{¶41} Aunt's premise that the trial court's decisions are based solely upon "counseling" is incongruous with the record. Her arguments in her second and third assignments of error ignore the criminal case underlying the custody matter. At the time of the evidentiary hearing, no-contact orders were in place and Aunt still faced misdemeanor charges of domestic violence and child endangering. Her arguments further ignore the history of her involvement with the Agency, the physical evidence of abuse of Jane Doe in the instant case, and the pending criminal charges against Aunt. The trial court took all of these elements into account, noting the issue of custody could be revisited when the criminal case was resolved and if the entire family undertook case plan services.

The resolution of the criminal charges, if any, is not in the record before us. --------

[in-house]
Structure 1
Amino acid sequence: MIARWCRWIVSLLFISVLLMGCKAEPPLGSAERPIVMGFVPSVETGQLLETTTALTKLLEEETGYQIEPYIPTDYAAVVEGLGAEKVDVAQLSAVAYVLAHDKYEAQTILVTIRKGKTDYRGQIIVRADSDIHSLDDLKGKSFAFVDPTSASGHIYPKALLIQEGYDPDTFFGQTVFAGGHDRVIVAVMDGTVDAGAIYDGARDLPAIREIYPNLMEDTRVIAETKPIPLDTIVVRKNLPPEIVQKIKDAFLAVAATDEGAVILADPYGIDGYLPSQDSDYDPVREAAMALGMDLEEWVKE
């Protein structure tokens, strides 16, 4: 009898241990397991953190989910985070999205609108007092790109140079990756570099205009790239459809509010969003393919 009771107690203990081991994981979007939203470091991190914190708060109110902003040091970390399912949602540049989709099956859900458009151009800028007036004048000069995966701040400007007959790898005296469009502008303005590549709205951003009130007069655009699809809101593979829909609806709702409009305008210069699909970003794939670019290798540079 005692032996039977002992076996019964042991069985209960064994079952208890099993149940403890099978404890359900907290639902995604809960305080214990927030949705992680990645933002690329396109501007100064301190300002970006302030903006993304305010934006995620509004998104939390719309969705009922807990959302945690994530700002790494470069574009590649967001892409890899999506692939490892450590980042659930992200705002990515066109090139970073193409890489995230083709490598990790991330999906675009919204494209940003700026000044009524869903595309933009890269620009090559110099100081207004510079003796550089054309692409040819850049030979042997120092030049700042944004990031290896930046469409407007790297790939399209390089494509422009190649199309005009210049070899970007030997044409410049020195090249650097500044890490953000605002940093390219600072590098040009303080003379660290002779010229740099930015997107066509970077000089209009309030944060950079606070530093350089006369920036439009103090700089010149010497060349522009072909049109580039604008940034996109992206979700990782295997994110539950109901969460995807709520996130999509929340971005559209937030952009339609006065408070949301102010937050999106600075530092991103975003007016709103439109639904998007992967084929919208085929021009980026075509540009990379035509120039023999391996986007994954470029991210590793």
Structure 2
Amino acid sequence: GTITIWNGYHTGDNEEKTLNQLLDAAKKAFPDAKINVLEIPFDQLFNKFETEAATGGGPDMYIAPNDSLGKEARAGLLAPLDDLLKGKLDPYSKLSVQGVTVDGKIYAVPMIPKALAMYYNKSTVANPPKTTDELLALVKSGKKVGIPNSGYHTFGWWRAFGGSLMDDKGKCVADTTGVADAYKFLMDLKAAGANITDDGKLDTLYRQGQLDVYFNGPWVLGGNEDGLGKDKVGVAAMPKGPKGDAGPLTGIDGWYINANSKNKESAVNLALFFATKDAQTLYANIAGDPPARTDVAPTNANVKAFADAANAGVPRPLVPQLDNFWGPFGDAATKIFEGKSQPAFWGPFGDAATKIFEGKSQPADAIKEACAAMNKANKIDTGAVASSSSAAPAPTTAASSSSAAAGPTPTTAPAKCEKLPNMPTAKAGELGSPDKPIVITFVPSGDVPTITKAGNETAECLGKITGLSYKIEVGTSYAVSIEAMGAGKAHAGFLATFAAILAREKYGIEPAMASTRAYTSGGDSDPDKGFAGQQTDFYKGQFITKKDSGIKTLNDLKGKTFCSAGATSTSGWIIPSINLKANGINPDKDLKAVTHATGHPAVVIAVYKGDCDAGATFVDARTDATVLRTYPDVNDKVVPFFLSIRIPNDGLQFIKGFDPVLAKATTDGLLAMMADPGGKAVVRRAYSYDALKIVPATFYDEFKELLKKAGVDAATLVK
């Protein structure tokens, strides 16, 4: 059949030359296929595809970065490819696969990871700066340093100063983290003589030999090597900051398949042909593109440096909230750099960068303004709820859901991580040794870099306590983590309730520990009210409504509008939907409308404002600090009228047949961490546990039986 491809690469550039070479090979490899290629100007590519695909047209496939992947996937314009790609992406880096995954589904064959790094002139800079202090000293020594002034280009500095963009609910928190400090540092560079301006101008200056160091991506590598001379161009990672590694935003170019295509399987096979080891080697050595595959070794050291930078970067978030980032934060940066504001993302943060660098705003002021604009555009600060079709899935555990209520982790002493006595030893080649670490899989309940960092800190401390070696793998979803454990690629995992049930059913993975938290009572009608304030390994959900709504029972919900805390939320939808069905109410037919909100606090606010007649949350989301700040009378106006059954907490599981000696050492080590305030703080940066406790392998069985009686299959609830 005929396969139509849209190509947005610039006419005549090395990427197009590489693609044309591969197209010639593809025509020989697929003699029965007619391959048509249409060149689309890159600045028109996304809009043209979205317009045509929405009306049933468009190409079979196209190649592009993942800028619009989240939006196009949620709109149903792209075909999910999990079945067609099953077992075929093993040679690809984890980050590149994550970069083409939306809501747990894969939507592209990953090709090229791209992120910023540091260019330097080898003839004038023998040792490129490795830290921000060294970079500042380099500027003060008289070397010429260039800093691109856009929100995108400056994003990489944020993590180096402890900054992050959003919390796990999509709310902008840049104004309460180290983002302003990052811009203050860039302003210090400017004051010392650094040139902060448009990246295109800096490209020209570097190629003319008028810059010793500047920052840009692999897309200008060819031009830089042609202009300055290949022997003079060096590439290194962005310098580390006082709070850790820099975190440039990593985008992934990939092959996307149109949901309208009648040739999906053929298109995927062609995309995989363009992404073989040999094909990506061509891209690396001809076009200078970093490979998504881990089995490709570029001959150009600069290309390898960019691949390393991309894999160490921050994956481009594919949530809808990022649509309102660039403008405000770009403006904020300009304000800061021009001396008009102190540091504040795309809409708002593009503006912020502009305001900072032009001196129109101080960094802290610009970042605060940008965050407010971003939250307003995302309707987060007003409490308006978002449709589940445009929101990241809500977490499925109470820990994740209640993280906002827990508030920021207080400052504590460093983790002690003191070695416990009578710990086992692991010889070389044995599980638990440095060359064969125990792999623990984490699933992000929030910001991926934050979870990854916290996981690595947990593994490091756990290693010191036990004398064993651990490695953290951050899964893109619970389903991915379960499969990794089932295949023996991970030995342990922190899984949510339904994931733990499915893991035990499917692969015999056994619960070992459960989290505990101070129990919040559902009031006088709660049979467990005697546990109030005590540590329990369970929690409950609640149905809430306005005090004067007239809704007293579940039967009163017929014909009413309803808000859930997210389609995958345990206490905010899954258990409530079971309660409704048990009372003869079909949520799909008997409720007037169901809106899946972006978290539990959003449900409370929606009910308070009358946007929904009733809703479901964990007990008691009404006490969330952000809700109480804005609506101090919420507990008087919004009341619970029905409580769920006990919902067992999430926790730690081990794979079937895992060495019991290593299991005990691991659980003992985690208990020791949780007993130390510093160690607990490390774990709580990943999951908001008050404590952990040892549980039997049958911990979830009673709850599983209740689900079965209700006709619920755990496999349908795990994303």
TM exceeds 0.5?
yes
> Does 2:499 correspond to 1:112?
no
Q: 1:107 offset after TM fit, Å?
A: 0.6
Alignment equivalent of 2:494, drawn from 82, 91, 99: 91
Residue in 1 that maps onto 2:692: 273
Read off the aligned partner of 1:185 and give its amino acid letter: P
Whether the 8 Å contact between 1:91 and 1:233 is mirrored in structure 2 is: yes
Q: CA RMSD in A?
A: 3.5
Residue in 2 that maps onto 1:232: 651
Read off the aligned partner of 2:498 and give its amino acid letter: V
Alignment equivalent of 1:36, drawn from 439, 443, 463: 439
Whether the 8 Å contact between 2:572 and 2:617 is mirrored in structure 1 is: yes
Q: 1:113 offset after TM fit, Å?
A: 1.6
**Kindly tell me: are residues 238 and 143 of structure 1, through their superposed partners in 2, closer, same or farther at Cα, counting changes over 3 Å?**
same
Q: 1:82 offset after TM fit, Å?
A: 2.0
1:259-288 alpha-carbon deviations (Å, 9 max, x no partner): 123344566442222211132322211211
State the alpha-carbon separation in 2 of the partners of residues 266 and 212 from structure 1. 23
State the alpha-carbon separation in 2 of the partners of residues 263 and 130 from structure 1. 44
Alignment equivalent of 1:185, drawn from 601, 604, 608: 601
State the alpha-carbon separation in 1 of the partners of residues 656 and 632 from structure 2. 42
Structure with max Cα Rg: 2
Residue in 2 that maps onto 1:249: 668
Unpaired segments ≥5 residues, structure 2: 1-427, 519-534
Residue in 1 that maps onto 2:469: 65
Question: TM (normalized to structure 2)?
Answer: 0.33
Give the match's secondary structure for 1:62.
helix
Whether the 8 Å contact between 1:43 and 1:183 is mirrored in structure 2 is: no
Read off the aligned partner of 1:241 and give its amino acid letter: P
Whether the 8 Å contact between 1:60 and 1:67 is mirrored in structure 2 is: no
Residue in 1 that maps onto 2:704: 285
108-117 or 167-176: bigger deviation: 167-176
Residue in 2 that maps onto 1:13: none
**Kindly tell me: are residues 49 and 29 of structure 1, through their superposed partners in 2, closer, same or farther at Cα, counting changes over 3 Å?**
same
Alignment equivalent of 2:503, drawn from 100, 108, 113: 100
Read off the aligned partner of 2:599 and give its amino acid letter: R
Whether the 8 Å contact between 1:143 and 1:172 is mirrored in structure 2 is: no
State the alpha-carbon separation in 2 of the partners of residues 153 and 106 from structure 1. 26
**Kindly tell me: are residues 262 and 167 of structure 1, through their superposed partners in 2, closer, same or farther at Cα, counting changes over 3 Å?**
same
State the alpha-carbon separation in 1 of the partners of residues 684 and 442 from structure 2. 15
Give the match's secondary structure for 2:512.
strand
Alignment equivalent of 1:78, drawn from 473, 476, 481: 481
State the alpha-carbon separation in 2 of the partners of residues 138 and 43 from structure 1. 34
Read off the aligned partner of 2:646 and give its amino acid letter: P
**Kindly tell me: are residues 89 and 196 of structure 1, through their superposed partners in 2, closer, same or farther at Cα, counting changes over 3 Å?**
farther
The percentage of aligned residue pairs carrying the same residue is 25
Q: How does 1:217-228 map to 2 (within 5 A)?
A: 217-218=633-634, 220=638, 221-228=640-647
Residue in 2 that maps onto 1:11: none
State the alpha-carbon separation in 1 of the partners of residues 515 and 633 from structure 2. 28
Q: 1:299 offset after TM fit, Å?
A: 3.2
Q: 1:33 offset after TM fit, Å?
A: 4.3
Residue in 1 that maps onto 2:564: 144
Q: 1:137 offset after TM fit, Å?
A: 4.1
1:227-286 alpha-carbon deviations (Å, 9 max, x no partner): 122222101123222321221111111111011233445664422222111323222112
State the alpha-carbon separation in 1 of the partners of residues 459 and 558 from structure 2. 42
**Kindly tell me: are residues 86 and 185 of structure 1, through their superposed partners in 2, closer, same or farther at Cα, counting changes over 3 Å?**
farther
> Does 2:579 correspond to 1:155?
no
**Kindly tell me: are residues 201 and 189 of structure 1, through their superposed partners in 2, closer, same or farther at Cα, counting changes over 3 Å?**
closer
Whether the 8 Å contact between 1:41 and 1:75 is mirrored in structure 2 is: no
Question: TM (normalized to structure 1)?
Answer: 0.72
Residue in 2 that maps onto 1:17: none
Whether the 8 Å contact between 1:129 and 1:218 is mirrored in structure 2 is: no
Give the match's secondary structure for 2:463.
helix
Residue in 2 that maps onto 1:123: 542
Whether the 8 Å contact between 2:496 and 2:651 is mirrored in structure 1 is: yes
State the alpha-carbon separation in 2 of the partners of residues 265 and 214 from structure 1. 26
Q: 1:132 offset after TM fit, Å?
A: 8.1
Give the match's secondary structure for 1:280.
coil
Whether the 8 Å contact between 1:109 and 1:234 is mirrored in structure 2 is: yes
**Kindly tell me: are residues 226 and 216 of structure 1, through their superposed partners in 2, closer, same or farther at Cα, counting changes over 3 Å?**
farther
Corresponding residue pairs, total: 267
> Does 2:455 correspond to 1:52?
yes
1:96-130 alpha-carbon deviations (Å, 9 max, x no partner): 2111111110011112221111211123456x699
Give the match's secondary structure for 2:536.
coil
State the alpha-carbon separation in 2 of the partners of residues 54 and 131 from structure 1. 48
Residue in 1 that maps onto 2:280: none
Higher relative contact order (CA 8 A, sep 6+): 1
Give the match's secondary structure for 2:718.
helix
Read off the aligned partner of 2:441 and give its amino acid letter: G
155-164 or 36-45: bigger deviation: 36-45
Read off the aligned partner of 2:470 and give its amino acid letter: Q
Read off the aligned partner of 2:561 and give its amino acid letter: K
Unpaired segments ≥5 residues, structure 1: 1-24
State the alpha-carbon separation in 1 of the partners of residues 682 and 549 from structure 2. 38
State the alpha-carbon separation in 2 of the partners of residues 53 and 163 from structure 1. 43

{¶42} Based on all of the testimony, the trial court ultimately decided that it was in the best interests of the children to continue in care and custody of the Agency.

{¶43} Based on the foregoing, we find the trial court did not err in awarding temporary custody to the Agency. Aunt's second and third assignments of error are overruled.

CONCLUSION

{¶44} Aunt's three assignments of error are overruled and the judgment of the Stark County Court of Common Pleas, Juvenile Division is affirmed. By: Delaney, J., Hoffman, P.J. and Baldwin, J., concur.